Was it the statue that delivered the fatal blow? All we know is that, where once its arms were in an extended position, one of them now seems to be pointing downward, and Roddy does to great lengths to illustrate this using an umbrella and a range of puzzled facial expressions. I tell you: you don’t know what acting is until you’ve seen someone using a brolly to mime the motions of a giant killer statue.
Let’s cut to the chase, anyway, because It! doesn’t keep you guessing for long. It’s a Frankenstein story at heart and the statue is actually a golem, which is to say it’s an ancient, folkloric monster of unlimited strength, compelled to do the bidding of its master. In the right hands, it could be the most lethal WMD the world has ever seen. In Mr Pimm’s hands, it helps steal a few bracelets and smack anyone round the head who stands between him and the job of head curator.
Around about this point, I’d love to provide you with a screen grab of the golem but, since I watched It! on TV, I can’t do my usual high-tech wizardry – and there don’t even seem to be any good pictures online, either. But I will say it’s quite an effective-looking monster and I’m sure would’ve caused me a nightmare or two when I was younger. Oh, hang on, here’s a likeness from an old print ad... Prepare to shudder!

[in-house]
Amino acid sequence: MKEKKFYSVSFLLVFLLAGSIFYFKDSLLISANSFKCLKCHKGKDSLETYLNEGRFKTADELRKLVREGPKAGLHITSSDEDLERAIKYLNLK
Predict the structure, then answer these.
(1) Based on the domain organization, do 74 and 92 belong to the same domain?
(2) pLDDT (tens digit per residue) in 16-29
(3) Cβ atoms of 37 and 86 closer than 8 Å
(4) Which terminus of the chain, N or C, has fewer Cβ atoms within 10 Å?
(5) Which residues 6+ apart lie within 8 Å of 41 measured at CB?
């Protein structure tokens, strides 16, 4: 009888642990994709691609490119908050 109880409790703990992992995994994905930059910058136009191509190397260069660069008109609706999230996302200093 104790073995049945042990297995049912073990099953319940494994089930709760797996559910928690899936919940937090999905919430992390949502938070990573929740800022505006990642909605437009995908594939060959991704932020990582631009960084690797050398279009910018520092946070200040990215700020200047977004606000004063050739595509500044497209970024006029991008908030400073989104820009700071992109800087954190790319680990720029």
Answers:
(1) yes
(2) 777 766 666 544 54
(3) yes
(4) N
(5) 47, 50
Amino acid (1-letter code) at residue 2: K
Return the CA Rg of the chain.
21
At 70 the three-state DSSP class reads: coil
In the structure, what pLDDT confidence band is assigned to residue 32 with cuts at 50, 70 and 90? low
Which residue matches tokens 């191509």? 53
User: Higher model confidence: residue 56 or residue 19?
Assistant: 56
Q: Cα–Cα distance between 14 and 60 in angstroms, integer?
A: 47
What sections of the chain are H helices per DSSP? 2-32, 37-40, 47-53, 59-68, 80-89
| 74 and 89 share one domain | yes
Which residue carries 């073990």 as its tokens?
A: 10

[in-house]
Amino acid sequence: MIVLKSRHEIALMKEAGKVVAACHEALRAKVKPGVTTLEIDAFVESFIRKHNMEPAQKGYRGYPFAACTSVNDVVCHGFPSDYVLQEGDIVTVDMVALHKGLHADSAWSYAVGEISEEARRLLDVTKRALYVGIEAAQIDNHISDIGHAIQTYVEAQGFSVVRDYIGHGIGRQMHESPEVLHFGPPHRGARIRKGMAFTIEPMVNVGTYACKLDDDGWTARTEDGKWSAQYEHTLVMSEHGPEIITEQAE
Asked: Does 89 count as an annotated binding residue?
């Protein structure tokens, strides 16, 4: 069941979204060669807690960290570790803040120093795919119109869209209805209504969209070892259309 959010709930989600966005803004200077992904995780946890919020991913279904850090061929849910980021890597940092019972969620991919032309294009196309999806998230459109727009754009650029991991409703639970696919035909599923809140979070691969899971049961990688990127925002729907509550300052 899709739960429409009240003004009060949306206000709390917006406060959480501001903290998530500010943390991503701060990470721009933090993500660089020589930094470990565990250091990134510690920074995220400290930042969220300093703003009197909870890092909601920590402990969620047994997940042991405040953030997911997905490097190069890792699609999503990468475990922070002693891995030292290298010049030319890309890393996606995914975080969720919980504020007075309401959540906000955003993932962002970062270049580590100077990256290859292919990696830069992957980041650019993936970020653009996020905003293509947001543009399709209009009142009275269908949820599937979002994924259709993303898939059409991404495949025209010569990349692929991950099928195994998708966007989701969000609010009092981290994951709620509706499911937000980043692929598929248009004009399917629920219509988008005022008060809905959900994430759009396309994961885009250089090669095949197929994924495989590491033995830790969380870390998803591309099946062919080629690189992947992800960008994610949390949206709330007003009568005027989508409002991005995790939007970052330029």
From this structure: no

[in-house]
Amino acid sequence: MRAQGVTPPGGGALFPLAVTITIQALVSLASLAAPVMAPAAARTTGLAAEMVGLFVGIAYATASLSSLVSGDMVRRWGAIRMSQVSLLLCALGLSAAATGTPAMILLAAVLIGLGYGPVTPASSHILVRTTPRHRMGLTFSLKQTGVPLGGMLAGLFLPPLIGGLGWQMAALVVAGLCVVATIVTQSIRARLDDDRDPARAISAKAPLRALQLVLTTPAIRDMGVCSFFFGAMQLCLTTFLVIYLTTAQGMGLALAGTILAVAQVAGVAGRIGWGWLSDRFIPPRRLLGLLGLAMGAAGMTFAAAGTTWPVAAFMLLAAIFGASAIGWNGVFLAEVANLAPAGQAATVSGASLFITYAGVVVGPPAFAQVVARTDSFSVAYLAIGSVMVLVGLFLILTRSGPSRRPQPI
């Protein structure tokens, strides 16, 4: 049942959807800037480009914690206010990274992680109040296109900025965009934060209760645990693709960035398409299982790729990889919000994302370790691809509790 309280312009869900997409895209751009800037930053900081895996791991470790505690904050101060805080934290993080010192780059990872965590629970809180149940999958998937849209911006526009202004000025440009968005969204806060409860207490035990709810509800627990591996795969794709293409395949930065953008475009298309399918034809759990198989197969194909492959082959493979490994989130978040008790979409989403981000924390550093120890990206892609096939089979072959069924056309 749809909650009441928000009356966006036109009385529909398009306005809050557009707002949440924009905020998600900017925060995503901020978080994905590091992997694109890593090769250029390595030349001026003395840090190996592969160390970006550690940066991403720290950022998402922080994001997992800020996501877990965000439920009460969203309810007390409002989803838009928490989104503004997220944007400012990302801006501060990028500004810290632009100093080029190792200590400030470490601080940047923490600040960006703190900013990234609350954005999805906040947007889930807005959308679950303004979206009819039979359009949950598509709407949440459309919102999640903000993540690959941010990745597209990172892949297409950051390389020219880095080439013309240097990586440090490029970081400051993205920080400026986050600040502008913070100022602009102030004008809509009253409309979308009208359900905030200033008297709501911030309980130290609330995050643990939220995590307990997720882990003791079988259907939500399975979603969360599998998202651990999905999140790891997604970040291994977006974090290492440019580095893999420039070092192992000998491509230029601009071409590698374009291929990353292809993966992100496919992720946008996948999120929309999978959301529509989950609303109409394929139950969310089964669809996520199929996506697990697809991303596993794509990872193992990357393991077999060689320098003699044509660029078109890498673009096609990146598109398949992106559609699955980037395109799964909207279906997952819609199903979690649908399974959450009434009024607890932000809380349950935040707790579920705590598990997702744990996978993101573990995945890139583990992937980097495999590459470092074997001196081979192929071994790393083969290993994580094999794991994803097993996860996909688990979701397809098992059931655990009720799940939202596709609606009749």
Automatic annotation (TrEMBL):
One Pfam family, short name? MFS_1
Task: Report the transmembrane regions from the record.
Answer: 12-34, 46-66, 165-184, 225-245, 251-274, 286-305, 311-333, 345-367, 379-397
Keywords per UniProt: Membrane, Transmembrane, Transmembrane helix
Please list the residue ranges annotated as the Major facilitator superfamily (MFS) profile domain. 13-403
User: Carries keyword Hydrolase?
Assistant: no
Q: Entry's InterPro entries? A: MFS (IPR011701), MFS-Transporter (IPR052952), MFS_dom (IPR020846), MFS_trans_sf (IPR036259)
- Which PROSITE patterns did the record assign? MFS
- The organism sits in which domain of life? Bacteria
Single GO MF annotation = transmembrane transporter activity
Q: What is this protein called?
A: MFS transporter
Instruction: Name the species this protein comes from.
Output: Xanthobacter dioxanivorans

Golems aside, I had to marvel at Pimm’s other secret weapon: his marvellous filing cabinet. Whenever he needs anything (or, alternatively, needs to hide anything) it’s straight into the top drawer and the problem’s solved. It’s so good, in fact, and so devastatingly handy, I actually began to wonder if that filing cabinet was really the “It!” of the title. Again, a screen grab would be wonderful here, but you’ll just have to make do with this randomly-sourced image... Prepare to marvel!
Sheesh! Look at that thing go! Anyway, I don’t want to spoil the rest of the film for you but I can’t not mention that the last twenty minutes of It! are so insane, they make the build-up look like a serious documentary about dangerous stonemasonry. There’s motorbike stunts, old ladies being torched, and the dropping of a nuclear bomb somewhere in the Home Counties. Those sweet, sweet 1960s!
Wheel out your Wondrous Filing Cabinet of Wonder and file under “It!’s awesome!”
Thursday, 7 May 2009
Now tell me that’s not the scariest ventriloquist’s dummy you’ve ever seen. I’m not sure about Melbourne Ales putting life into you, so much as The Fear Of God!
I found that newspaper ad in a copy of the Yorkshire Evening News from 1955. The reason behind me posting it? Um... yeah, ya got me there. Although I have been watching 1967’s It! which is all about a murderous statue come to life. So that’s kinda like a deadly dummy, no?
Okay, no. But it does have Roddy McDowall in it... Therefore It! equals automatic joy! Review on the way.